Democracy in Plant Breeding

The theme of this book is that crop science in general, and plant breeding in particular, have been over-controlled during the twentieth century. It is now proposed that we should allow self-

organisation to operate in our agro-ecosystems, making them into self-organising systems comparable to the existing food production and distribution systems. And comparable also to Adam Smith's recommendation of allowing markets to self-organise. There will have to be some government control to prevent abuse, and to provide incentives, such as plant breeder's royalties. But, apart from this, a widespread individual freedom, and individual initiative, leading to self-organisation, are the only requirements.

Twentieth century plant breeding has been over-controlled. A very small minority of scientists would decide what plant characteristics the farmers and consumers must accept. The farmers have been at the bottom of the pecking order. They were given little choice in which cultivars they could cultivate, mainly because so few cultivars were available. And they were given no choice at all concerning the resistance of those cultivars. Obviously, the breeders preferred cultivars that became famous, and were widely cultivated. For this reason, they preferred the 'big space, high profile, short life, few cultivars' characteristics of vertical resistance. They insisted that institutional breeding was necessary, but they overlooked the fact that this kind of breeding was extremely limited in its scope, because it was largely limited to single-gene characters, because of its cost, and because it produced ephemeral resistance. These scientists had the knowledge and authority to investigate horizontal resistance, but they chose to ignore it. This neglect of horizontal resistance is difficult to explain, and even more difficult to excuse.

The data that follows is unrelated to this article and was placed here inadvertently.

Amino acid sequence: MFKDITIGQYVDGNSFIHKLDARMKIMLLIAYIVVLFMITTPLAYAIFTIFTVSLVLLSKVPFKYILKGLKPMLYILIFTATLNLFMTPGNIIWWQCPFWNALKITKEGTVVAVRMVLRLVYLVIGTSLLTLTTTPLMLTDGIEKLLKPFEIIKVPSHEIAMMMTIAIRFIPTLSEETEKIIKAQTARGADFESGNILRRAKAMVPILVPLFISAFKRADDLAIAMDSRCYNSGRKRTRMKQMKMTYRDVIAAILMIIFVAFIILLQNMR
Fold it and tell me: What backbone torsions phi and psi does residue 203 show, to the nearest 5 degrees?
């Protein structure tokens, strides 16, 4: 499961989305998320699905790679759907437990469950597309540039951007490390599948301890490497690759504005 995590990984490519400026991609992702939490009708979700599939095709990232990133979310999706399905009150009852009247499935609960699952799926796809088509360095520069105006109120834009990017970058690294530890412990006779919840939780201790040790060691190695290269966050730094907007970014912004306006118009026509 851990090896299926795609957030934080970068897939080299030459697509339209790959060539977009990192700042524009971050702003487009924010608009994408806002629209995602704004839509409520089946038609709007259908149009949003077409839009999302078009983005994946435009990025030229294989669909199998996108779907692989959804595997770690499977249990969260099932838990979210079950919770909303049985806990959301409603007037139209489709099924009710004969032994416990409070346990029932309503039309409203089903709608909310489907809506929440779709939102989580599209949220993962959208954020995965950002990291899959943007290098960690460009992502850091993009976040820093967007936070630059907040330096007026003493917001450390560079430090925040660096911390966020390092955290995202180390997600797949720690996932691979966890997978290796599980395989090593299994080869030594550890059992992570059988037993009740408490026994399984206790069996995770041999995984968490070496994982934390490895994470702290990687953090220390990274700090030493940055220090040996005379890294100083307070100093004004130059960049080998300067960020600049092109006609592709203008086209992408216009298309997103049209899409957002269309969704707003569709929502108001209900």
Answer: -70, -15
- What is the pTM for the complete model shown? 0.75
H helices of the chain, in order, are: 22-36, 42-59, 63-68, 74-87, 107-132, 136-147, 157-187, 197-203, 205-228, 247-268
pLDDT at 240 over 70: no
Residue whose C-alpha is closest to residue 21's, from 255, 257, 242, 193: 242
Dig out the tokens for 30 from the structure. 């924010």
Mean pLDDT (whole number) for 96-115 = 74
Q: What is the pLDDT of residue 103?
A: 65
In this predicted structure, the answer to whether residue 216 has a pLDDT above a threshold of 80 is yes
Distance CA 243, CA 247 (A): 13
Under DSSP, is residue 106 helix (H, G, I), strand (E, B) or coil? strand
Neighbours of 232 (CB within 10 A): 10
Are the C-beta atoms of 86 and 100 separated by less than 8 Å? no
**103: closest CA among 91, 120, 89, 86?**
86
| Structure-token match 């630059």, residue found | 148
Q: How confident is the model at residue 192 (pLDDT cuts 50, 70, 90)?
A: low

Monopolies established by multinational corporations are even more authoritarian. These corporations have great wealth and considerable political clout, and their tendency to take over plant breeding institutes, and to replace host resistance with crop protection chemicals, or patented single-gene resistances, is clearly self-serving. It seems that the only way to counteract these monopolies is by an overwhelming democracy in plant breeding. The basic concept of democracy in plant breeding is to encourage as many individuals as possible to organise their own breeding clubs. When there are thousands of breeding clubs world-wide, no amount of wealth, advertising, or political clout can stop crop improvement from being self-organising. It will become as free and as effective as the self-organising food supply. It will also be as free and as effective as authorship, possibly with its own equivalent of the Nobel Prize for literature.

It is in this sense that twentieth century plant breeding has been over-controlled, and resembles autocracy. And it is in this sense also that a wealth of plant breeding clubs resembles self-organisation and democracy.

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